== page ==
WinRT APIs that are released for experimentation and feedback will be decorated with Windows.Foundation.Metadata.ExperimentalAttribute. In Visual Studio 2017 version 15.3, the compiler will produce warning C4698 when it encounters the attribute. A few APIs in previous versions of the Windows SDK have already been decorated with the attribute, and calls to these APIs will start triggering this compiler warning. Newer Windows SDKs will have the attribute removed from all shipped types, but if you are using an older SDK, you'll need to suppress these warnings for all calls to shipped types. The following code produces warning C4698: "'Windows::Storage::IApplicationDataStatics2::GetForUserAsync' is for evaluation purposes only and is subject to change or removal in future updates":

Windows::Storage::IApplicationDataStatics2::GetForUserAsync() //C4698

To disable the warning, add a #pragma:

#pragma warning(push) 
#pragma warning(disable:4698) 

Windows::Storage::IApplicationDataStatics2::GetForUserAsync() 

#pragma warning(pop)

Out-of-line definition of a template member function

Visual Studio 2017 version 15.3 produces an error when it encounters an out-of-line definition of a template member function that was not declared in the class. The following code now produces error C2039: 'f': is not a member of 'S':

struct S {}; 

template <typename T> 
void S::f(T t) {} //C2039: 'f': is not a member of 'S'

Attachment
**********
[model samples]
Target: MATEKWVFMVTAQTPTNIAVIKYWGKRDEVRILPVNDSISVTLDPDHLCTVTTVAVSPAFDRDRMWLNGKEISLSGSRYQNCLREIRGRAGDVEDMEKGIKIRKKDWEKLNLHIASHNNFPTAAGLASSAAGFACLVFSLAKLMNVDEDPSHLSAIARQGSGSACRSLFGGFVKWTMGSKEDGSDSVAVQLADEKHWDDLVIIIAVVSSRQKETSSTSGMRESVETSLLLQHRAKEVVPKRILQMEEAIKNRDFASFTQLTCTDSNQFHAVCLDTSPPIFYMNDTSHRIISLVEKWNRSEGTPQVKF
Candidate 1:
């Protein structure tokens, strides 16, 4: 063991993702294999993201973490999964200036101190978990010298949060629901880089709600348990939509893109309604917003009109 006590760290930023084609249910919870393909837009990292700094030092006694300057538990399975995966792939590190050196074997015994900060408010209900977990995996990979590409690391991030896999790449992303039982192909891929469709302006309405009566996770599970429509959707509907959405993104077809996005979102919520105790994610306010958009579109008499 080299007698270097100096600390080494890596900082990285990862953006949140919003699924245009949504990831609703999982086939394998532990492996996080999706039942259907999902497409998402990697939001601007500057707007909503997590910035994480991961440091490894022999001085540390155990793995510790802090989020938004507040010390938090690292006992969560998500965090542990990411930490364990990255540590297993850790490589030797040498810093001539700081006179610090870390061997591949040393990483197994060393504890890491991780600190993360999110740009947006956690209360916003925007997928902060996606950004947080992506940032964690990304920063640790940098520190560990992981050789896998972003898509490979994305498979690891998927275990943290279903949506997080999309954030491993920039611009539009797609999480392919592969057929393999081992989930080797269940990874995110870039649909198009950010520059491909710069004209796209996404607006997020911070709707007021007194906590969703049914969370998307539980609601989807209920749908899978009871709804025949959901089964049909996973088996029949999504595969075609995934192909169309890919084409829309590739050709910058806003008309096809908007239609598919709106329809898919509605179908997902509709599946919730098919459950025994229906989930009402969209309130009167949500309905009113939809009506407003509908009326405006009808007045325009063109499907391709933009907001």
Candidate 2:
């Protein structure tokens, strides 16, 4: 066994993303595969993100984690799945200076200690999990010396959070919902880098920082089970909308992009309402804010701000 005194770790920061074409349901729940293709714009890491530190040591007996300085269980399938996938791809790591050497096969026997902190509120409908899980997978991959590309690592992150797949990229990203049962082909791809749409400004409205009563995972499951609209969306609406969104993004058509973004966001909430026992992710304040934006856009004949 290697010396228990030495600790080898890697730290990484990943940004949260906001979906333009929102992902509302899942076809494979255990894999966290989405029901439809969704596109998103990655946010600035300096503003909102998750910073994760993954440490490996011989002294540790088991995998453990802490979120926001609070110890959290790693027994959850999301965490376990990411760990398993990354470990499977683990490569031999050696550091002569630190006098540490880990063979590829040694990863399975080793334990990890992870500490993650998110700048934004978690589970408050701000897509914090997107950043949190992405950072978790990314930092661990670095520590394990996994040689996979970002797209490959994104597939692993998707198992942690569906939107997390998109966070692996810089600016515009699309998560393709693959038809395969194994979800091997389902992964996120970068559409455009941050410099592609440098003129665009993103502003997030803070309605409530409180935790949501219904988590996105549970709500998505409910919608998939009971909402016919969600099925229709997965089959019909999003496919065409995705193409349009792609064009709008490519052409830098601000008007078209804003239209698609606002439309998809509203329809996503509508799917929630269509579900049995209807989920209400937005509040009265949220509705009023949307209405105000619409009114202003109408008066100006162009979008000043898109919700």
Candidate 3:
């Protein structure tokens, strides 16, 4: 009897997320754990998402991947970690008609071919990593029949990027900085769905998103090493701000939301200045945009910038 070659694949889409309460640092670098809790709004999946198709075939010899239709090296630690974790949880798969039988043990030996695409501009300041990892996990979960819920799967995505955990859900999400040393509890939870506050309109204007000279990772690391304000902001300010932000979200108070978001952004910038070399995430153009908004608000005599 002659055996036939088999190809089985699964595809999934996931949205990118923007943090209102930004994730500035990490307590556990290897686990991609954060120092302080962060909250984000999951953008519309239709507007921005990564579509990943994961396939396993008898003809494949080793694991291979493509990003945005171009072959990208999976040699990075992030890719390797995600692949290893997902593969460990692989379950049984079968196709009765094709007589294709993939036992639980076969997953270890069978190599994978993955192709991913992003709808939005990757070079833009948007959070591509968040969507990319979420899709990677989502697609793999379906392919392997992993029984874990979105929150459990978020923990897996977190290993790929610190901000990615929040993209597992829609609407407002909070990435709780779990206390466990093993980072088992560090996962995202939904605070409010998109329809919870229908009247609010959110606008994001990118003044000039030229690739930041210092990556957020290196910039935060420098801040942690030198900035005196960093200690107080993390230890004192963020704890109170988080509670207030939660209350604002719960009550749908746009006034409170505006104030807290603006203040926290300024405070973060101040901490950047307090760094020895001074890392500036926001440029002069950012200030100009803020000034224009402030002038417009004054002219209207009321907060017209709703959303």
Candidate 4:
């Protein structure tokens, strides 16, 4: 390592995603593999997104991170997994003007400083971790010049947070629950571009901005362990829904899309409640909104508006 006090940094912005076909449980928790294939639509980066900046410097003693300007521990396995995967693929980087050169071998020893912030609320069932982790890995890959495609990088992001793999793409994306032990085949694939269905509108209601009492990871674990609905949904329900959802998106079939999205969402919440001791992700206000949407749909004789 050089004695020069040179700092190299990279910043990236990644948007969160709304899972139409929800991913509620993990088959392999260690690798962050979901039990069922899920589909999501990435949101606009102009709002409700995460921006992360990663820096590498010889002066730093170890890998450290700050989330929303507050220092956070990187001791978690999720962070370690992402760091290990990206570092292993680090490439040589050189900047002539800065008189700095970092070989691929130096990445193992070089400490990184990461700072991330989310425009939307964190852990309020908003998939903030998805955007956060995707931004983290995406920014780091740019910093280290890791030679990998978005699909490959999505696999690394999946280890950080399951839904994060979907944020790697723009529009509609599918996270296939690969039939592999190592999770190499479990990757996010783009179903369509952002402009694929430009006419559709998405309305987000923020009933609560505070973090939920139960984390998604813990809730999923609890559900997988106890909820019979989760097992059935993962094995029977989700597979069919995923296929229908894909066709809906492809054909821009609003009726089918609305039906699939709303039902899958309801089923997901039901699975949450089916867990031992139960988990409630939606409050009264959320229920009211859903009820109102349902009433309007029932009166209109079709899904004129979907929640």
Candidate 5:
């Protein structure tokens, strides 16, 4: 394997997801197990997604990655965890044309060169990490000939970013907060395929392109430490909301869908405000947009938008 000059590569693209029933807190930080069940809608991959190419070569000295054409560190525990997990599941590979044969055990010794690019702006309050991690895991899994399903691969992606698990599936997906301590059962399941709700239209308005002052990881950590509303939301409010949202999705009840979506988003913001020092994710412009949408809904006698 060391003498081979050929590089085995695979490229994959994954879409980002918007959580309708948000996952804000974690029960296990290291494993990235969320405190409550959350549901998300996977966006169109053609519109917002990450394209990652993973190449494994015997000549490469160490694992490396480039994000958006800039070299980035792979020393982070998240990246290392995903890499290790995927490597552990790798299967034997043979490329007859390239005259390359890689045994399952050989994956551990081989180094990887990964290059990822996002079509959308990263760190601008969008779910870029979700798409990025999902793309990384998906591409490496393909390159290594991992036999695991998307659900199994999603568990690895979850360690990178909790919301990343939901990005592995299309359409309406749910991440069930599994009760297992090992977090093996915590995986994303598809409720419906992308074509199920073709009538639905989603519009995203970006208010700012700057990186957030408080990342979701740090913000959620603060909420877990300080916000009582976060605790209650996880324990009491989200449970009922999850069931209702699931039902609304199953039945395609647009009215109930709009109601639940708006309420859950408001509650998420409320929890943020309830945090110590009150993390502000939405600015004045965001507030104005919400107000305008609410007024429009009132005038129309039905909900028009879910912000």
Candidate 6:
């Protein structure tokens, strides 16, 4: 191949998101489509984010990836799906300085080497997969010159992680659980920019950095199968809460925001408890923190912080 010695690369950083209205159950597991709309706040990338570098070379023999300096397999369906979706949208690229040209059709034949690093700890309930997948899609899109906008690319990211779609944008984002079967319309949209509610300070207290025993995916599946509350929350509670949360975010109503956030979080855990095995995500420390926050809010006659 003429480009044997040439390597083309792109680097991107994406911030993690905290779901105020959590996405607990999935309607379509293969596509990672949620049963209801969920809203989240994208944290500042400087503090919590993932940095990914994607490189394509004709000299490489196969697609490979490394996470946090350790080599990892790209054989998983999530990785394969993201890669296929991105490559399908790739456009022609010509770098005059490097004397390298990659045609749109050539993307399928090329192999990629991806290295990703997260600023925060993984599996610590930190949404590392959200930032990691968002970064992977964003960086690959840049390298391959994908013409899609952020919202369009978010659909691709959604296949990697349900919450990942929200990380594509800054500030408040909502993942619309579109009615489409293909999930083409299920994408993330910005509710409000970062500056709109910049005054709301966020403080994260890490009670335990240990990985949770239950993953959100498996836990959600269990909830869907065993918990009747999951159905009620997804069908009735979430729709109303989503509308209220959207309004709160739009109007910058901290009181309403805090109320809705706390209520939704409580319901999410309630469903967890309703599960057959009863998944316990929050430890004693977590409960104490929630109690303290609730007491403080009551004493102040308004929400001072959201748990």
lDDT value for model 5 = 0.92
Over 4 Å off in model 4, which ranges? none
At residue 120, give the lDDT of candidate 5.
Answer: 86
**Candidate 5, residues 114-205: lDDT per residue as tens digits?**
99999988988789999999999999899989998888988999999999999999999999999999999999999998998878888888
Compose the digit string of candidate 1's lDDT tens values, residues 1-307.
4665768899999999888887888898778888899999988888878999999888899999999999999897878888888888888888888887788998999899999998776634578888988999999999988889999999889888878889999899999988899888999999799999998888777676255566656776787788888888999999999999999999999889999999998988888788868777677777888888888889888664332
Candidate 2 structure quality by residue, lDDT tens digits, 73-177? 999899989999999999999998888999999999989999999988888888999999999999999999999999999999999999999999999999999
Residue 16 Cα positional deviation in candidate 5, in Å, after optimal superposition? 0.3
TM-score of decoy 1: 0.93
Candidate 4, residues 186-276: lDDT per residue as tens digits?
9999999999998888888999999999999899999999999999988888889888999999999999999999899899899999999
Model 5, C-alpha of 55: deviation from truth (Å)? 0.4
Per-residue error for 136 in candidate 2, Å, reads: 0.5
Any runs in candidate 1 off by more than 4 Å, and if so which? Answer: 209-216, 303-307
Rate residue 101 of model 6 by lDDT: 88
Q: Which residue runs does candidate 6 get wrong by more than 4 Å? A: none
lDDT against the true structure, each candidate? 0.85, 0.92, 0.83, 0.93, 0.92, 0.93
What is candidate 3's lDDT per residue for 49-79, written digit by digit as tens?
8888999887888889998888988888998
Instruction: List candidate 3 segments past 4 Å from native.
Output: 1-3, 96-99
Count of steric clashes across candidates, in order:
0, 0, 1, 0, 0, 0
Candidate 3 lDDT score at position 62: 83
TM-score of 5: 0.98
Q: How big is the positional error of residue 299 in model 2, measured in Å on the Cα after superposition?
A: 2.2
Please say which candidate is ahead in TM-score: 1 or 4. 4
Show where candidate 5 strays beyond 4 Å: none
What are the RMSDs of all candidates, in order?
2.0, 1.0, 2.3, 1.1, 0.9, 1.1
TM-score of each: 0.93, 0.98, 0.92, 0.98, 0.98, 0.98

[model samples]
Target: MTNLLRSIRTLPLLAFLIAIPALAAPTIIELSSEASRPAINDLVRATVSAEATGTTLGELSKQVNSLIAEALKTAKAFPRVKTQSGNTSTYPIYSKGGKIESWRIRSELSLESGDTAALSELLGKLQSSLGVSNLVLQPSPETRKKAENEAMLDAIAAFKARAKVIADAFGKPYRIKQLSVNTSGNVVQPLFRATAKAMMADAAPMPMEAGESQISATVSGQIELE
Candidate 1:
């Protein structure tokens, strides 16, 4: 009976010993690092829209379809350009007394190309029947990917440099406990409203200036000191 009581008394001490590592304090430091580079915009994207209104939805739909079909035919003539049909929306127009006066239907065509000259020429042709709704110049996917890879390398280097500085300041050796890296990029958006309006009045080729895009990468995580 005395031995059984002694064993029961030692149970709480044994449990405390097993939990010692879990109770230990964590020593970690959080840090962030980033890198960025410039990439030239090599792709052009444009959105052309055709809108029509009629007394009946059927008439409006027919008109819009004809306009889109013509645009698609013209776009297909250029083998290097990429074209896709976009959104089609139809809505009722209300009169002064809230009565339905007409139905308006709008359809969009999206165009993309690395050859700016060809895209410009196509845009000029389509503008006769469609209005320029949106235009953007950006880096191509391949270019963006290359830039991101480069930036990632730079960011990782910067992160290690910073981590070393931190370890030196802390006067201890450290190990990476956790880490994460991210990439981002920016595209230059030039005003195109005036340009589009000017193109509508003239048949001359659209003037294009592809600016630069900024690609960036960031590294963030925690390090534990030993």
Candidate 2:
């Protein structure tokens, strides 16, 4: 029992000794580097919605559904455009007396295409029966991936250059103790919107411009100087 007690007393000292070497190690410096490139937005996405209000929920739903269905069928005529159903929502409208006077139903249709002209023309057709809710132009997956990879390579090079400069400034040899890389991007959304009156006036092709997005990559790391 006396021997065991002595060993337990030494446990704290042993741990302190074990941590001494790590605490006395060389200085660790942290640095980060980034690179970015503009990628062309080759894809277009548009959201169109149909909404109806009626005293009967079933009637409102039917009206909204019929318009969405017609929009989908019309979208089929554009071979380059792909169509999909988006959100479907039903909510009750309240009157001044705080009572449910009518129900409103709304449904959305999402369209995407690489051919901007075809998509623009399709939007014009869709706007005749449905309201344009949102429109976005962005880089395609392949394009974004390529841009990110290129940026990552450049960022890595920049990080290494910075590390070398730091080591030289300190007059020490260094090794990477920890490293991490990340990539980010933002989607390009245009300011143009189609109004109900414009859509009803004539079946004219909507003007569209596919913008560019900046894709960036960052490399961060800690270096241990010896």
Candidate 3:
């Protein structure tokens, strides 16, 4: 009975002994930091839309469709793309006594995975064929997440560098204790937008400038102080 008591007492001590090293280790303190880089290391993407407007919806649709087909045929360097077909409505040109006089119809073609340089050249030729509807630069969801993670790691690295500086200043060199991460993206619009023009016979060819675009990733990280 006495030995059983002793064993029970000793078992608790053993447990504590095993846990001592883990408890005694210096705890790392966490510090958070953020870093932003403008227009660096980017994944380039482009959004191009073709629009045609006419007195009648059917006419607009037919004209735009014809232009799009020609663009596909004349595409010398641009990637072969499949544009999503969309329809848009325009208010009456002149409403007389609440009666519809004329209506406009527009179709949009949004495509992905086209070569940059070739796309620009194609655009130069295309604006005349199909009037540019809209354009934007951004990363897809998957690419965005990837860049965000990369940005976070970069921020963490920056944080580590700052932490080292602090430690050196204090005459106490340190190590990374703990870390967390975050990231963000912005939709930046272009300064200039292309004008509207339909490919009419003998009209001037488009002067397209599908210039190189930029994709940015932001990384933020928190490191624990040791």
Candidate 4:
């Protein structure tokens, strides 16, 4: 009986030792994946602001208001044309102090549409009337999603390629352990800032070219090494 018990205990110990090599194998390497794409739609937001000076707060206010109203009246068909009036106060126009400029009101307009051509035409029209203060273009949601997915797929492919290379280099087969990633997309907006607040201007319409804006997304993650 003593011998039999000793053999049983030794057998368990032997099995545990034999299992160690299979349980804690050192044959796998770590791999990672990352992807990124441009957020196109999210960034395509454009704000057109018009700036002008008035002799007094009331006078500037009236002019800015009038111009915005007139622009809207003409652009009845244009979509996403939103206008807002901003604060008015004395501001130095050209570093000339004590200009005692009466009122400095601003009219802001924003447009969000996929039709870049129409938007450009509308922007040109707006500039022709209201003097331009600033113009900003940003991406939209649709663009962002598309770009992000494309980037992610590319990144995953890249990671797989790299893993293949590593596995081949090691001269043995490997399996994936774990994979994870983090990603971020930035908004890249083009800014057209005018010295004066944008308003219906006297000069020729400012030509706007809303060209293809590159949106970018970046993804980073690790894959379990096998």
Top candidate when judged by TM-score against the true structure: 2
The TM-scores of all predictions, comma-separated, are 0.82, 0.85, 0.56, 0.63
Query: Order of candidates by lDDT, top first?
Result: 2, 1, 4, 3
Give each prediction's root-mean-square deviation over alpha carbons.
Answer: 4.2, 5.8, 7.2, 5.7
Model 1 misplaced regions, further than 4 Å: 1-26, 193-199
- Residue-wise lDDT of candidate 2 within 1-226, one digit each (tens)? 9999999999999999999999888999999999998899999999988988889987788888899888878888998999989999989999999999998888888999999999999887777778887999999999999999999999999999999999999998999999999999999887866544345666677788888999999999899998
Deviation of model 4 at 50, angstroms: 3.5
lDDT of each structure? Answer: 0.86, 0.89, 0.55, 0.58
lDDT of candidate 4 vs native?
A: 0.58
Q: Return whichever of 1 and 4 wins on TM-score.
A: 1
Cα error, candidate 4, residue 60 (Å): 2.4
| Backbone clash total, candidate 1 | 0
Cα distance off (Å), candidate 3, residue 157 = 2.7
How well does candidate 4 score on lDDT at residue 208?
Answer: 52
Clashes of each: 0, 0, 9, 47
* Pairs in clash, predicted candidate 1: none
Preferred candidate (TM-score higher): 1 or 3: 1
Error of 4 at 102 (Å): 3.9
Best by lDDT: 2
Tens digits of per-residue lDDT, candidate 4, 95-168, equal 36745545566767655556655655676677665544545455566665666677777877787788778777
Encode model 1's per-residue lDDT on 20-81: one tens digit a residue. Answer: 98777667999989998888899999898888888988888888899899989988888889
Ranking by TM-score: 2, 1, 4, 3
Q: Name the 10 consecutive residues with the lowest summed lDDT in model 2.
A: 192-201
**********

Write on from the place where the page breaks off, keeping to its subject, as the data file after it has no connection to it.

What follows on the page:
To fix the error, add a declaration to the class:

struct S { 
    template <typename T> 
    void f(T t); 
}; 
template <typename T> 
void S::f(T t) {}

Attempting to take the address of "this" pointer

In C++ 'this' is an prvalue of type pointer to X. You cannot take the address of 'this' or bind it to an lvalue reference. In previous versions of Visual Studio, the compiler would allow you to circumvent this restriction by performing a cast. In Visual Studio 2017 version 15.3, the compiler produces error C2664.

Conversion to an inaccessible base class

Visual Studio 2017 version 15.3 produces an error when you attempt to convert a type to a base class which is inaccessible. The compiler now raises "error C2243: 'type cast': conversion from 'D *' to 'B *' exists, but is inaccessible". The following code is ill-formed and can potentially cause a crash at runtime. The compiler now produces C2243 when it encounters code like this:

#include <memory> 

class B { }; 
class D : B { }; // C2243. should be public B { }; 

void f() 
{ 
   std::unique_ptr<B>(new D()); 
}

Default arguments are not allowed on out of line definitions of member functions

Default arguments are not allowed on out-of-line definitions of member functions in template classes The compiler will issue a warning under /permissive, and a hard error under /permissive-.

In previous versions of Visual Studio, the following ill-formed code could potentially cause a runtime crash. Visual Studio 2017 version 15.3 produces warning C5034: 'A::f': an out-of-line definition of a member of a class template cannot have default arguments:


template <typename T> 
struct A { 
    T f(T t, bool b = false); 
}; 

template <typename T> 
T A<T>::f(T t, bool b = false) // C5034
{ 
... 
}

To fix the error, remove the "= false" default argument.

Use of offsetof with compound member designator

In Visual Studio 2017 version 15.3, using offsetof(T, m) where m is a "compound member designator" will result in a warning when you compile with the /Wall option. The following code is ill-formed and could potentially cause a crash at runtime. Visual Studio 2017 version 15.3 produces "warning C4841: non-standard extension used: compound member designator in offseto":